Oxford Health Charity has been proud to support the Artists in Residence Project through funding made possible by NHS Charities Together grants given during the COVID pandemic.  It truly reflects the thought behind the many donations that were given to NHS Charities Together and other NHS charities during that period – that those receiving or giving care deserve the best that we can offer. 

The Oxford Health Arts Partnership, Artist in Residence pilot project took place between June and December 2021 with six artists of varying disciplines engaged to work across six community hospitals in Oxfordshire, with the aim of enhancing the patient and carer experience through a variety of artistic activities across the six settings.  The project was independently evaluated by Helen Le-Brocq.

Key Findings: The project was universally appreciated and clearly provided a number of benefits.

For Patients:

  • Reduction in Isolation and boredom, creating enjoyment and pleasure– a recurrent and consistent theme.
  • Increased connection, openness and positive frame of mind.
  • Reduction in anxiety and lethargy, giving a positive sense of wellbeing.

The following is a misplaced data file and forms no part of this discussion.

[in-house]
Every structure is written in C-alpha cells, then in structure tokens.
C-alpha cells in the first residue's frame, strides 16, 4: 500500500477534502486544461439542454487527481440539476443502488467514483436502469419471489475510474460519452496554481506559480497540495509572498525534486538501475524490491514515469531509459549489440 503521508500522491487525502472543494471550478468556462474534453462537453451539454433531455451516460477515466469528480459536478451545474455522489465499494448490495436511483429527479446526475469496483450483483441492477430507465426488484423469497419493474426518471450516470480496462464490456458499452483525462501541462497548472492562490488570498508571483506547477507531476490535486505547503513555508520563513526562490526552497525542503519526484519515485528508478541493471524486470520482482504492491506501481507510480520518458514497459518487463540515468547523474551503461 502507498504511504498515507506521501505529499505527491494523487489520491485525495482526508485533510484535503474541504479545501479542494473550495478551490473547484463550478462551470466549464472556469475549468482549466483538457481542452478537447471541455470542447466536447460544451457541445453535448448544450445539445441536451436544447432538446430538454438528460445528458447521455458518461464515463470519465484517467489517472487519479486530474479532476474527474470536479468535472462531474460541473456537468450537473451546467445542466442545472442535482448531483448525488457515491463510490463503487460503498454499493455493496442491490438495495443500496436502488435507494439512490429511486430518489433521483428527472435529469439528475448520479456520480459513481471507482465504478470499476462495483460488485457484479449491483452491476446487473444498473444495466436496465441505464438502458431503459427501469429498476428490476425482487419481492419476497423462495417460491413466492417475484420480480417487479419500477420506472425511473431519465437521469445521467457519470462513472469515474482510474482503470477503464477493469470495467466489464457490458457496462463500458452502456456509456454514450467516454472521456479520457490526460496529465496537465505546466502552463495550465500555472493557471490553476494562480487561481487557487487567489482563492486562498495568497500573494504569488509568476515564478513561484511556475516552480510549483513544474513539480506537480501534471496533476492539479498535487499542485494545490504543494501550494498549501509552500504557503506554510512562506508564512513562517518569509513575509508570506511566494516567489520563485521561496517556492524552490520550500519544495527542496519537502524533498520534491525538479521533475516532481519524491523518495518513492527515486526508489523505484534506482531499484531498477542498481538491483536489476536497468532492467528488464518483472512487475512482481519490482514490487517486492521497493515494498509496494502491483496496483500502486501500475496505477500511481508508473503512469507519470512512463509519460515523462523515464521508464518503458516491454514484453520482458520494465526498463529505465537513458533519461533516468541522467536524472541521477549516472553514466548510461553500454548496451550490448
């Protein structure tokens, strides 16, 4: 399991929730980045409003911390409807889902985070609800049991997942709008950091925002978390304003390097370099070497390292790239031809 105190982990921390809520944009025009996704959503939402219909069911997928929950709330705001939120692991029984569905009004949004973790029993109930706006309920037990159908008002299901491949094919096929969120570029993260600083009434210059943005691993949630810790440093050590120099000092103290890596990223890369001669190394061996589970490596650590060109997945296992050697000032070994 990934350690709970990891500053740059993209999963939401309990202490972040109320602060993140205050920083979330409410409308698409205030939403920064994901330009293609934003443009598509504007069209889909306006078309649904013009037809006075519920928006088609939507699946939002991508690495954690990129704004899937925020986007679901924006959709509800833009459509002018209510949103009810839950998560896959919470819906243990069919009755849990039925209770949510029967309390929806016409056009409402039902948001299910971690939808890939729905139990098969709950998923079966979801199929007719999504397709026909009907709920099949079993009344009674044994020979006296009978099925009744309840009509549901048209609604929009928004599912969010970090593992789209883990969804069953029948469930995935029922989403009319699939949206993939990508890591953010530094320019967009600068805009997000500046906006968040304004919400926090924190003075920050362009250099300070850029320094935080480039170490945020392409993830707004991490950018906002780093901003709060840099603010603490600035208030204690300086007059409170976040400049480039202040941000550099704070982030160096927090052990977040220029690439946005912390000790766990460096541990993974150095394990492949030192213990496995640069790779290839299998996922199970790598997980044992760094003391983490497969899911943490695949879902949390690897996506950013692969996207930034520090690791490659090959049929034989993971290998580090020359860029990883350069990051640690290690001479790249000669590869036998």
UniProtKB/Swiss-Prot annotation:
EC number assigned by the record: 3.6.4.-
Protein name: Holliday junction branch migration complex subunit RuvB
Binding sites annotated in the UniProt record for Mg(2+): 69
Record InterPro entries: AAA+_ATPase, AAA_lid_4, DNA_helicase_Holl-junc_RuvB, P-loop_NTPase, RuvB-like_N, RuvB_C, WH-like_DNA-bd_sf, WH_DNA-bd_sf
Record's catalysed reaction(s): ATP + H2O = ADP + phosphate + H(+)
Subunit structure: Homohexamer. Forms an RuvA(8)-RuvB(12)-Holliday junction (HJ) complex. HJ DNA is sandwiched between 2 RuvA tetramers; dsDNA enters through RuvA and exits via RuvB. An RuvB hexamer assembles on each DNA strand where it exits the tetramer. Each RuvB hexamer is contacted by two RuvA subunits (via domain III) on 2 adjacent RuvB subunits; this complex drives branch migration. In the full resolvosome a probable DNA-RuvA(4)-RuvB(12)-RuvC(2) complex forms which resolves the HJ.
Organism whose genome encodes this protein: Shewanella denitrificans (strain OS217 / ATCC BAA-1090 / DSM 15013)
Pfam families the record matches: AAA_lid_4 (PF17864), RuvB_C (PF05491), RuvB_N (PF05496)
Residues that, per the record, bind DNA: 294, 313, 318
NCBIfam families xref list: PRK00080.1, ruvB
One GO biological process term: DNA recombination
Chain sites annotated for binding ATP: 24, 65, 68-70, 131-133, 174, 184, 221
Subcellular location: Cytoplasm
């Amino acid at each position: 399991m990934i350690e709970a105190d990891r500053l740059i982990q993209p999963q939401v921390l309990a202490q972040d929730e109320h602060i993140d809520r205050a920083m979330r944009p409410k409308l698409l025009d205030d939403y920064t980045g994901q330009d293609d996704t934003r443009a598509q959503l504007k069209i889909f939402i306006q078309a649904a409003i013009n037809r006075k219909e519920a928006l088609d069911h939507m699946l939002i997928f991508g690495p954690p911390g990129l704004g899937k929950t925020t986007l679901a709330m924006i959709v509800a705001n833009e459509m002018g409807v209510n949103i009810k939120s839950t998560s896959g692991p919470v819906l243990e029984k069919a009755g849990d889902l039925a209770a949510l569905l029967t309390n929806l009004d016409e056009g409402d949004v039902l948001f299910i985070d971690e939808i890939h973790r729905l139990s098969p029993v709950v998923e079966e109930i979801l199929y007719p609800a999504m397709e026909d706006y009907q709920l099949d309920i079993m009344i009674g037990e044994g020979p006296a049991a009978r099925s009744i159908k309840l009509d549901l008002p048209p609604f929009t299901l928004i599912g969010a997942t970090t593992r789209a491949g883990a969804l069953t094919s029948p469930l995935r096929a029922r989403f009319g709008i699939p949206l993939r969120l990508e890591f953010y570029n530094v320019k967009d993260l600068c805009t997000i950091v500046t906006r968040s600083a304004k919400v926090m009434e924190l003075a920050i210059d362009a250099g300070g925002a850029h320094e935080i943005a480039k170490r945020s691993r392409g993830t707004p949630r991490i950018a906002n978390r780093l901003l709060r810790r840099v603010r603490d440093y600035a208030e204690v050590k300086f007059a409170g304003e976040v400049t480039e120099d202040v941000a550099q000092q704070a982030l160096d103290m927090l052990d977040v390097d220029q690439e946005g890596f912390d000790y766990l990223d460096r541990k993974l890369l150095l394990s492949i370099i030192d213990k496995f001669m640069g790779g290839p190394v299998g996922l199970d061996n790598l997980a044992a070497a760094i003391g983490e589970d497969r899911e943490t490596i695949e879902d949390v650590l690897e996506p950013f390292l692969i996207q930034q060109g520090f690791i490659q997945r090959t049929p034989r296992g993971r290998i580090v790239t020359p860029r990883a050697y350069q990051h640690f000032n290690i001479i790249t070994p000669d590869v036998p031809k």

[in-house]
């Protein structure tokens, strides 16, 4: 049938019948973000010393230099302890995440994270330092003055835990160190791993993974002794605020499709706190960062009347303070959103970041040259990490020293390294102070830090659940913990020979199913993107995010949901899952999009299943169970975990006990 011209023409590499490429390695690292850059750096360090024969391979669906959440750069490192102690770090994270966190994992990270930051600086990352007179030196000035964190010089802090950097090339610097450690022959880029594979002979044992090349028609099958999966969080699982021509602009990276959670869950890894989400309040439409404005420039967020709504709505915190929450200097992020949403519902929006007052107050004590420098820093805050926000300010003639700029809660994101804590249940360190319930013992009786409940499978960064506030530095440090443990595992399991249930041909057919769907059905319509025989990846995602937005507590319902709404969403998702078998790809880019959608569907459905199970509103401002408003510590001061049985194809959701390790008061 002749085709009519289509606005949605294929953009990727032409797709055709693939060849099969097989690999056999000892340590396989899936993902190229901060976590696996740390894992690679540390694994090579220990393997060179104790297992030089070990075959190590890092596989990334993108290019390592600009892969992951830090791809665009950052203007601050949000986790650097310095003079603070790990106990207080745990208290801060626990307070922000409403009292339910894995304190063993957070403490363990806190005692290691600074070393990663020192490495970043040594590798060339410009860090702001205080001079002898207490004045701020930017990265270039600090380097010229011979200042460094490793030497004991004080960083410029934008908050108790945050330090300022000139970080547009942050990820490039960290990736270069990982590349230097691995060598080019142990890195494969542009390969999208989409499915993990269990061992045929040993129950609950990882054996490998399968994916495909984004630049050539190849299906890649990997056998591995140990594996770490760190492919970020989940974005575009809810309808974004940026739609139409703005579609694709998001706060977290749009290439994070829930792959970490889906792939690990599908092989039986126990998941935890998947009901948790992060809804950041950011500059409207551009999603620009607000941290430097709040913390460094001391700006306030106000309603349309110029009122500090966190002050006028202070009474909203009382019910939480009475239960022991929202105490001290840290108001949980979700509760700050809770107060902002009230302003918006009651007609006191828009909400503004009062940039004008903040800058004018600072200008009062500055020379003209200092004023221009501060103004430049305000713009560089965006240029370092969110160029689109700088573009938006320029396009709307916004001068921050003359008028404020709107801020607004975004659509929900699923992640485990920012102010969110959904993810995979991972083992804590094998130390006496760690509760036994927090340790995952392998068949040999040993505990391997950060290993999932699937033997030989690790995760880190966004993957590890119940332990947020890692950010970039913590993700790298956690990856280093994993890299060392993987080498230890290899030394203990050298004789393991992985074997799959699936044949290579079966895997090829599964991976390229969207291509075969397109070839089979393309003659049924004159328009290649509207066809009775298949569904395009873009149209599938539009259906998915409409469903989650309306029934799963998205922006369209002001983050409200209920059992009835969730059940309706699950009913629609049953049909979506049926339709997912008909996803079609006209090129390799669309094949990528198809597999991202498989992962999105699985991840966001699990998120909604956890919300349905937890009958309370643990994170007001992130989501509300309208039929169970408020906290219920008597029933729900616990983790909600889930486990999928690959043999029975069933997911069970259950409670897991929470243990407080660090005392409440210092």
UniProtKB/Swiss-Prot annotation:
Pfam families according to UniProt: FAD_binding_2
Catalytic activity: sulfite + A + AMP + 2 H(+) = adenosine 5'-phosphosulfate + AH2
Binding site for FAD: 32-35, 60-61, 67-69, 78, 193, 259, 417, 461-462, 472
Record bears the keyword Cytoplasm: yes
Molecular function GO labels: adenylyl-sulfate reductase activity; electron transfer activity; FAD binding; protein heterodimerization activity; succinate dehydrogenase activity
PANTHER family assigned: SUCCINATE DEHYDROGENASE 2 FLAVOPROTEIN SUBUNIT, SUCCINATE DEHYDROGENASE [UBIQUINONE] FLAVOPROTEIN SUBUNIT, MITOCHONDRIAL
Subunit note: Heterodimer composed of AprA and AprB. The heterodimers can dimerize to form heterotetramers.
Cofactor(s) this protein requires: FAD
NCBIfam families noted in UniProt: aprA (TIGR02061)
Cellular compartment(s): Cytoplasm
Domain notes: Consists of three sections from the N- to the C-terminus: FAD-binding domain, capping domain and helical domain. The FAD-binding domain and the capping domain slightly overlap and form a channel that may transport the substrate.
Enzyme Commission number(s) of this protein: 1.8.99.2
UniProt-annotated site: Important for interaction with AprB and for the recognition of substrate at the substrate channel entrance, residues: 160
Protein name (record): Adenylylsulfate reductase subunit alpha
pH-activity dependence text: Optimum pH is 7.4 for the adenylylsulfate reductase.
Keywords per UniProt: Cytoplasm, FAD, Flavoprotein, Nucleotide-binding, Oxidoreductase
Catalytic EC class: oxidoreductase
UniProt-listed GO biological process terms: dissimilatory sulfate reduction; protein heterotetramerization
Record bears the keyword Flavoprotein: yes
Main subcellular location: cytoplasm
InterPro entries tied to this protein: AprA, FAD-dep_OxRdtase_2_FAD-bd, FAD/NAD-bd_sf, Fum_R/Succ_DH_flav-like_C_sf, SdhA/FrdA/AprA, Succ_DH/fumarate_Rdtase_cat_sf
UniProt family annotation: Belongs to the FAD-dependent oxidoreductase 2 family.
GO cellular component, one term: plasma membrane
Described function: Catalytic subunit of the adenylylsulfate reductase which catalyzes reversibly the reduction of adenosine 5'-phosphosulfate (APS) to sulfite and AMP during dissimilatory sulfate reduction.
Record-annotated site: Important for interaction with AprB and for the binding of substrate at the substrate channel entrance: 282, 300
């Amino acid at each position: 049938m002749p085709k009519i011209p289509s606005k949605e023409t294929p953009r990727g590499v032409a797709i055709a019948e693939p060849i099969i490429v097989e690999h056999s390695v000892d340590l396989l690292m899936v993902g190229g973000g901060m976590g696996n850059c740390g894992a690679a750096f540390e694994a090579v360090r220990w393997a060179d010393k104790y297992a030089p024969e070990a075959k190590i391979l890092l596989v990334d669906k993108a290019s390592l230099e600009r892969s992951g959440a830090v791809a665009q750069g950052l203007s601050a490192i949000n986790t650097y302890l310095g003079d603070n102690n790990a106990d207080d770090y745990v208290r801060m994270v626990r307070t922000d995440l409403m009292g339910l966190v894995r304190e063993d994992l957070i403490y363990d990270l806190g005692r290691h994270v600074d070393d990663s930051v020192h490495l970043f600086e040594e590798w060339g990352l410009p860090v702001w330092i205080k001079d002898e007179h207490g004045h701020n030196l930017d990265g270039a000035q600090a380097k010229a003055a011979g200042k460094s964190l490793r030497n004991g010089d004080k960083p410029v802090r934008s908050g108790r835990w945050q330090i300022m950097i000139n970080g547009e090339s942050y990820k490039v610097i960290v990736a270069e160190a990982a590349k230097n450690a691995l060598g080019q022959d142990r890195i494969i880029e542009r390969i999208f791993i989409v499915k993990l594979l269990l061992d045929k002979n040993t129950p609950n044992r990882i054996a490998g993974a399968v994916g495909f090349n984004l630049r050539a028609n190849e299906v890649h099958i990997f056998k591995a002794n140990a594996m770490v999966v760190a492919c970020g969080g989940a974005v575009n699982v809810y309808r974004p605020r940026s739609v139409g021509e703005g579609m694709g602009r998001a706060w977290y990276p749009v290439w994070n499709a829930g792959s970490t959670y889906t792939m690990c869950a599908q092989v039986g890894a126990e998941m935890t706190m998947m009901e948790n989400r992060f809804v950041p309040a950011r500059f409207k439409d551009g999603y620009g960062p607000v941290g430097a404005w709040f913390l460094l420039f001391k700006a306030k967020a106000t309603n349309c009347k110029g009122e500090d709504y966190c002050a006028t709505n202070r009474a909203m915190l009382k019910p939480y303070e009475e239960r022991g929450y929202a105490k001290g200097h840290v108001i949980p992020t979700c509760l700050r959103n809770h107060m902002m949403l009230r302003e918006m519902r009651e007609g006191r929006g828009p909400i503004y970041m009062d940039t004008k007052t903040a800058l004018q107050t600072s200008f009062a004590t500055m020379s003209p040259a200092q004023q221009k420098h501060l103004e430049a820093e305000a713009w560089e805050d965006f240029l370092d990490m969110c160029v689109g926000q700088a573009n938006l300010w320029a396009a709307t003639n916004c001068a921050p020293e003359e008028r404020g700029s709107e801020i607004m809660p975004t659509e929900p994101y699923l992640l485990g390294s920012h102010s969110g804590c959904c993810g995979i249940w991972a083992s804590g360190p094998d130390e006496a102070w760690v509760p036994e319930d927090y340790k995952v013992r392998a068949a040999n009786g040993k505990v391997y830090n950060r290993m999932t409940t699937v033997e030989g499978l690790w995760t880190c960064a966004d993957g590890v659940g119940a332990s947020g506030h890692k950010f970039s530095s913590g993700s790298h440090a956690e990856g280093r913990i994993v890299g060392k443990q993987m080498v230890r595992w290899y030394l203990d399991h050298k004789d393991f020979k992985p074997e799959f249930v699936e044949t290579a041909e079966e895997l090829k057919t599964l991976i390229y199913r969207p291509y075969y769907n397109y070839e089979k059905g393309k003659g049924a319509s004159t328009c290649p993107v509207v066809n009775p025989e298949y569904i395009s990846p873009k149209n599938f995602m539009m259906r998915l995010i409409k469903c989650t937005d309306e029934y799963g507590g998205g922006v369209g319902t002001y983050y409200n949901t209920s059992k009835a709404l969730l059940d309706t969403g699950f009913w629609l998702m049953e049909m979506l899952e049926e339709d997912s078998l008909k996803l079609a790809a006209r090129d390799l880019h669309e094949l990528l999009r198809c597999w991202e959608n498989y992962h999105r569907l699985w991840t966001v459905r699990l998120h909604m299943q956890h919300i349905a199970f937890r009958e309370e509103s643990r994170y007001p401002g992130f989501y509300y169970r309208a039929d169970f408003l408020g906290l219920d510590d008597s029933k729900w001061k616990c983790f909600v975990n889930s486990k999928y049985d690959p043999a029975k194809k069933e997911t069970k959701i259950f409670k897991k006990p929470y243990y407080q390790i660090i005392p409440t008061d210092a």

• Benefit to physical health as well as mental health.
  • Substitute for a sense of a more normal life and behaviours; providing a hope or anticipation of return to home and health.
  • Reduction in use of analgesics.
  • Connection to Childhood and Reflection on their Past experiences.
  • Spiritual or holistic care outcomes improved by the quality of attention and conversations.

For Hospital Staff:

  • Altruism and transferred joy. We see clearly that when patients are happy, staff are much happier in their duties.
  • Better Clinical Outcomes. The creative activities directly support the work of specialist clinicians such as physiotherapists and improves therapeutic outcomes.
  • Holistic and spiritual care. Ward staff appreciate the individuality of patients through their conversations and artwork.
  • Value for money. All staff agreed that the project offers value for money, whether releasing or including ward staff.
  • Improved working environment and atmosphere, positive feedback from patients
  • New Skills. Ward staff can include the creative activities in other areas of their work.
  • Better Feedback on I Want Great Care
  • Enhancement in environment and visitors’ interaction with their loved ones.

It is also notable that for the artists involved there were also several professional and personal benefits, including the development of listening and engagement skills, the ability to learn new techniques from clinical staff to improve health outcomes of patients, and responding to the emotional demands of working with such vulnerable patients. 

Read the full report here:- AiR Evaluation Report 2021